The weather that January evening, 132 years ago, complicated the old man's plans, but failed to keep him at home. It was January 21, 1850, and snow was falling heavily in the nation's capital. This was not a night for casual travel, but Henry Clay, seventy-two years of age and in faltering health, was not venturing from his rooms in Washington for light exercise or socializing. He was heading, alone, several blocks away to the home of Daniel Webster on Louisiana Avenue, and his mission had the most portentous overtones. Clay meant to enlist Webster - his ally, rival, and peer in the Senate for so many years - in a campaign not for president, but to save the Union.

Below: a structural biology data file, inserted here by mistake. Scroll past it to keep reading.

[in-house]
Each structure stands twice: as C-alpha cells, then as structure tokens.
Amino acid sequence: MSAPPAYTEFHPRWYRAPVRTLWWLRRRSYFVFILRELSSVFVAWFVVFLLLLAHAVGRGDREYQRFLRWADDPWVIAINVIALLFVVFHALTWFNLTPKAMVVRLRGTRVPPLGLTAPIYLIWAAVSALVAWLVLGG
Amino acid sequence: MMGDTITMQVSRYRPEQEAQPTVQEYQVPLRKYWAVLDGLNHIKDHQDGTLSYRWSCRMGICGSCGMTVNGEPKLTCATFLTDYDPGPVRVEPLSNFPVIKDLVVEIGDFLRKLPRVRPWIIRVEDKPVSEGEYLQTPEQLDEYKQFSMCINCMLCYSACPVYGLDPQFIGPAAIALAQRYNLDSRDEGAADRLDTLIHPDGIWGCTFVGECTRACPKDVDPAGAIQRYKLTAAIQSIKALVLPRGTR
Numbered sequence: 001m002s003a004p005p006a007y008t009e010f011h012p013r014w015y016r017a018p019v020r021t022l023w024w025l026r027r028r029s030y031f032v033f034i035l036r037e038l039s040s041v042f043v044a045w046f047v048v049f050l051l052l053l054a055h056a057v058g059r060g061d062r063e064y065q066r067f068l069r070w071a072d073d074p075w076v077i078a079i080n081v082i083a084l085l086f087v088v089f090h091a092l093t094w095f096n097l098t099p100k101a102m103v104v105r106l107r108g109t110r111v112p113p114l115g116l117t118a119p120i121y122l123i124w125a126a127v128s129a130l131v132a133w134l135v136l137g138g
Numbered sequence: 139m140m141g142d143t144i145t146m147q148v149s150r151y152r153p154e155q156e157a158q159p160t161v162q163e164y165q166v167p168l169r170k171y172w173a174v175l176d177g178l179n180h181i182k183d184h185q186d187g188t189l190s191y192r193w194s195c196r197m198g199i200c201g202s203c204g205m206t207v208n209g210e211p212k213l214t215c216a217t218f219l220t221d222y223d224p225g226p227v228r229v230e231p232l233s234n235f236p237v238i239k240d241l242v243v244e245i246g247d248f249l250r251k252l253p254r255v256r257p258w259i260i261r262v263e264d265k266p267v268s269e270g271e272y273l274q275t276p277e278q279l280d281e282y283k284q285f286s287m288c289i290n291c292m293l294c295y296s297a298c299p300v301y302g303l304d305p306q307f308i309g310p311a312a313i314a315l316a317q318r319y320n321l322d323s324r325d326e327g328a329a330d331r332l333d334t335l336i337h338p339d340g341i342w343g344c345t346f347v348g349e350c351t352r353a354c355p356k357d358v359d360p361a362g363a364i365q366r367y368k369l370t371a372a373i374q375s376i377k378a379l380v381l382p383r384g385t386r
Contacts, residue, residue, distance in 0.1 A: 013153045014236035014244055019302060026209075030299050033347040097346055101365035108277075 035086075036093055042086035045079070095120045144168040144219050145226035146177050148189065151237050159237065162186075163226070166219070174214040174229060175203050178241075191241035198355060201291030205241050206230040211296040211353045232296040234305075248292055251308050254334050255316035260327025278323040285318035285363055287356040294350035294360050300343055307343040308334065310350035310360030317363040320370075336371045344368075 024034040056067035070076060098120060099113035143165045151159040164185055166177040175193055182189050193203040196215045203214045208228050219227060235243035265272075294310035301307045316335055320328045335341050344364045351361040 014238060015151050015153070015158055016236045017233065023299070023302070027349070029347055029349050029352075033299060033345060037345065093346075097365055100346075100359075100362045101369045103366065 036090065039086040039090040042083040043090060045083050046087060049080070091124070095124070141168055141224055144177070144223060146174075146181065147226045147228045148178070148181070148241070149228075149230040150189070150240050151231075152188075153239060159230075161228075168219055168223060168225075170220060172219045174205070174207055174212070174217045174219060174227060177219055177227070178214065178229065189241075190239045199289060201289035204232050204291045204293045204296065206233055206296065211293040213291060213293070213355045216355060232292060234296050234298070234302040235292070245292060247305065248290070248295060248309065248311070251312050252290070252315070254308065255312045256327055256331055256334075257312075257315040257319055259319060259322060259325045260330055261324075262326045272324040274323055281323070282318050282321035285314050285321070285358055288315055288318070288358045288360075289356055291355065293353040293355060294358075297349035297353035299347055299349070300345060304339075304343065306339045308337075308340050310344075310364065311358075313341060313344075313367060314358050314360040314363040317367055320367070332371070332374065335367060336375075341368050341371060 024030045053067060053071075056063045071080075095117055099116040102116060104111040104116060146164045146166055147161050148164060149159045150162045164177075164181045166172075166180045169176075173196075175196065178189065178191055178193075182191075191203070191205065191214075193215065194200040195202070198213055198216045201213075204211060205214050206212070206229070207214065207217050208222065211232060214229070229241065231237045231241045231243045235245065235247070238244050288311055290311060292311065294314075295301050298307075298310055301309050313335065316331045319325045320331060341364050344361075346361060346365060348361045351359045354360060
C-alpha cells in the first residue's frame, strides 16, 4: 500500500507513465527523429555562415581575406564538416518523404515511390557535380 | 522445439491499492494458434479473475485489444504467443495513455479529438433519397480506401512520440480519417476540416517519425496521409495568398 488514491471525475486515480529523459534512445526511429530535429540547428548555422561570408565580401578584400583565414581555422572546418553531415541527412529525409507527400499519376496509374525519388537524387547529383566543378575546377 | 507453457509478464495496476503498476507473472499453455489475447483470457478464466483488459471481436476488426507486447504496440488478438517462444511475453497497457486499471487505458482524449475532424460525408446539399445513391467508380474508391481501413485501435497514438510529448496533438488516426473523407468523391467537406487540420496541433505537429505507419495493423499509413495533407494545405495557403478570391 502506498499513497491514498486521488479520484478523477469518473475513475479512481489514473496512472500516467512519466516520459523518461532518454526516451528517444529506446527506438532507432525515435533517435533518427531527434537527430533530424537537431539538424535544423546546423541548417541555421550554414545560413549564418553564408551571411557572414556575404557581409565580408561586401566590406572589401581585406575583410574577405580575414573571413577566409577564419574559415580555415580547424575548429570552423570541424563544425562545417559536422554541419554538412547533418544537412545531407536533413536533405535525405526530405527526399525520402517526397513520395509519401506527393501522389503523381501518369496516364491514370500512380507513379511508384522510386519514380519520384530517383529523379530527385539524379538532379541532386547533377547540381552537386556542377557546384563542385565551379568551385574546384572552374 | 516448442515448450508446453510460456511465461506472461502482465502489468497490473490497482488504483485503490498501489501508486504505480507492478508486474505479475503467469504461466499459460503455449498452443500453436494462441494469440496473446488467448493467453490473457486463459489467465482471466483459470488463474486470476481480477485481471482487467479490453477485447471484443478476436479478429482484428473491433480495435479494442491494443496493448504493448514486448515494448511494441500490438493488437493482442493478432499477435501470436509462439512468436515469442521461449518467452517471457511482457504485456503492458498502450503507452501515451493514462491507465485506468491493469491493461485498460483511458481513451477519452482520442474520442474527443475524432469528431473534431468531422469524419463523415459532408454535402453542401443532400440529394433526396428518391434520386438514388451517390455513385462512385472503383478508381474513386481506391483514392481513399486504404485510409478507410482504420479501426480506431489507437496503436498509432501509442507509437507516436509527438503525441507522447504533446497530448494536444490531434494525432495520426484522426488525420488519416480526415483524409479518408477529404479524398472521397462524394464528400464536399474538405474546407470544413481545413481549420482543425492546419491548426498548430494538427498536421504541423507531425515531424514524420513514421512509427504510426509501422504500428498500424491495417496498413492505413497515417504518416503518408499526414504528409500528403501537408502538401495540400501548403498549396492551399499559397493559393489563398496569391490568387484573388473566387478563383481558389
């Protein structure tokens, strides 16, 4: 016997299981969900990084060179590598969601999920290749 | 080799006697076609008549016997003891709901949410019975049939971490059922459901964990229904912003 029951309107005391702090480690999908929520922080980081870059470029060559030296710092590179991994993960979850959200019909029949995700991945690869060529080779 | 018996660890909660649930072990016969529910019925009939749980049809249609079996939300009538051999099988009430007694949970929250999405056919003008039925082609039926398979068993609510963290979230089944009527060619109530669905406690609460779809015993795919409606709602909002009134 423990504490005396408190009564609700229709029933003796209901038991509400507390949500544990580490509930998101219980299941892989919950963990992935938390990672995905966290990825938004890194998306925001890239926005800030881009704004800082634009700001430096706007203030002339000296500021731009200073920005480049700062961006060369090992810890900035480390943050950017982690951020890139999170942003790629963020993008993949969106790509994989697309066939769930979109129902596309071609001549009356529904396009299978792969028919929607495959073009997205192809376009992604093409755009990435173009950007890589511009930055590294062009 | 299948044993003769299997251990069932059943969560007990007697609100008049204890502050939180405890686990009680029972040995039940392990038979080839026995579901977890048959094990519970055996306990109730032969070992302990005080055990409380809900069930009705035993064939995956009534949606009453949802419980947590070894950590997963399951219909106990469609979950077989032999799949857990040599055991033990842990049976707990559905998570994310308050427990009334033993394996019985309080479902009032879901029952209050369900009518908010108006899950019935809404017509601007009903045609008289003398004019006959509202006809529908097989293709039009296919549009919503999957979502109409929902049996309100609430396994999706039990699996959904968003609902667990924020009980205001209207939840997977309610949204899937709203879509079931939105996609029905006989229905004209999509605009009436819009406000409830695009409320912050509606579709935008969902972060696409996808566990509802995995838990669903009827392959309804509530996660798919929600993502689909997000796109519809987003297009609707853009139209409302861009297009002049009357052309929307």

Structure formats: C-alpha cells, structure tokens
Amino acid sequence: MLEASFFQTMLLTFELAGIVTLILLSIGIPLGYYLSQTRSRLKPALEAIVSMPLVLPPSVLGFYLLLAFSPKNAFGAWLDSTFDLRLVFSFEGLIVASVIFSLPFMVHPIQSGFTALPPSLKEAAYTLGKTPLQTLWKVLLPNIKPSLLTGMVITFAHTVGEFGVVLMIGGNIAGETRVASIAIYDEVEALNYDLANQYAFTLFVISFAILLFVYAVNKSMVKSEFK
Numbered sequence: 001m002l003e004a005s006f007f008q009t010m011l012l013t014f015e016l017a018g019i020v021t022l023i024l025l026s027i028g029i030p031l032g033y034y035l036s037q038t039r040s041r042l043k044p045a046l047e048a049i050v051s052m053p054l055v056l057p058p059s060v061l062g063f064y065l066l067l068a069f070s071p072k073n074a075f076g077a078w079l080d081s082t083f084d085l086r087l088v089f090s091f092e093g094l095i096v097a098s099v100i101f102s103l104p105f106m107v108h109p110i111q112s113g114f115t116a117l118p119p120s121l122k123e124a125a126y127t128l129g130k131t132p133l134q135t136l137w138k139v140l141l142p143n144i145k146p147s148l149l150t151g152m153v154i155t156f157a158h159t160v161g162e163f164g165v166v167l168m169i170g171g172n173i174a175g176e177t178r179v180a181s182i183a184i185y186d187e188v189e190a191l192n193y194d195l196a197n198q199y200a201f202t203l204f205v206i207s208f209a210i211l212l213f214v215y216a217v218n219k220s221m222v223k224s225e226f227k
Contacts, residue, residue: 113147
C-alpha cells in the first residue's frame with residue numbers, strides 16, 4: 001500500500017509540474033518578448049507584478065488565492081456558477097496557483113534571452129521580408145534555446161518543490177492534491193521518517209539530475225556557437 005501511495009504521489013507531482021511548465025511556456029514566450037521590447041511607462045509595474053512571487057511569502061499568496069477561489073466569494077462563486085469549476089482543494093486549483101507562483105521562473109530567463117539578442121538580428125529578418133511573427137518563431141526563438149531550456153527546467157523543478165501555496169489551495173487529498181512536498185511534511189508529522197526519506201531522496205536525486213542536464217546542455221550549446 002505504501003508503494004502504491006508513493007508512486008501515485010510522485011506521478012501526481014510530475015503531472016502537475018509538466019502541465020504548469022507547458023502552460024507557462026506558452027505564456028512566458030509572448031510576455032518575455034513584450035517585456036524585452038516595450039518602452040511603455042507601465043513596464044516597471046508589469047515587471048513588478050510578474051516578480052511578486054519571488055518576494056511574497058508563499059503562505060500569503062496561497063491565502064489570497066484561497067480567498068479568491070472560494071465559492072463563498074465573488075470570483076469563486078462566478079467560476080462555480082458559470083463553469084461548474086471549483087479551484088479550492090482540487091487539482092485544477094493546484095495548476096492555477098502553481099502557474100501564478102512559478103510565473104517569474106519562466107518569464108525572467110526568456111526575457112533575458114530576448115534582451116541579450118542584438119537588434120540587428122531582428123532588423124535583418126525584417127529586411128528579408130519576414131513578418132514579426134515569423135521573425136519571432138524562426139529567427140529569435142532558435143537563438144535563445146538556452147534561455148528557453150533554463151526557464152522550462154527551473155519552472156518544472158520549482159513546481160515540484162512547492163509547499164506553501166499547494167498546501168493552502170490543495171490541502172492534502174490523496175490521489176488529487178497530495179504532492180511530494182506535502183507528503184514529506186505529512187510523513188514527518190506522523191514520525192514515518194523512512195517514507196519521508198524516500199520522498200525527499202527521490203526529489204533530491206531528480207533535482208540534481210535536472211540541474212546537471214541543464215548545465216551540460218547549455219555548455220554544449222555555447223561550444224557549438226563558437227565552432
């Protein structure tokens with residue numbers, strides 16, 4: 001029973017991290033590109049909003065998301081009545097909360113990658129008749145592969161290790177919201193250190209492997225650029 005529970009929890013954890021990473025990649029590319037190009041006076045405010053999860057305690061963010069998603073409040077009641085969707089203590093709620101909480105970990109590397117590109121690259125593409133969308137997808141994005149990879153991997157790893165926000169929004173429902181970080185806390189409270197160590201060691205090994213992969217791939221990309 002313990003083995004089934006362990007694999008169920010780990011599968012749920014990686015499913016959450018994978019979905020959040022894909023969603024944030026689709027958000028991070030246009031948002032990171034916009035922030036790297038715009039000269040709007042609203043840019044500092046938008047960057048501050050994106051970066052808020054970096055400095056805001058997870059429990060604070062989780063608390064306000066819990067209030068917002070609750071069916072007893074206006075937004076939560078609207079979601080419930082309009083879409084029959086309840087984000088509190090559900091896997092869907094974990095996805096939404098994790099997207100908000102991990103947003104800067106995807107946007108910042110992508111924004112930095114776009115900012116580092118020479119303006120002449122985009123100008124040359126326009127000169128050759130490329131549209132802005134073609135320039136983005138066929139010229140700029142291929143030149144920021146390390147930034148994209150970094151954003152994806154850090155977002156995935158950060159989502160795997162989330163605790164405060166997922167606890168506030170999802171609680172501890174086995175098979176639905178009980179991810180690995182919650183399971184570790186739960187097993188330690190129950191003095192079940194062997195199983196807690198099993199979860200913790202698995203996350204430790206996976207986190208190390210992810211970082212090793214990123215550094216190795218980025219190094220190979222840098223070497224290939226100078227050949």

This is the publisher's version of the work. This publication appears in Gettysburg College's institutional repository by permission of the copyright for personal use, not for redistribution
"Daniel Webster and the Crisis of the Union, 1850," Historical New Hampshire 37 (Summer/Fall 1982): 151-173.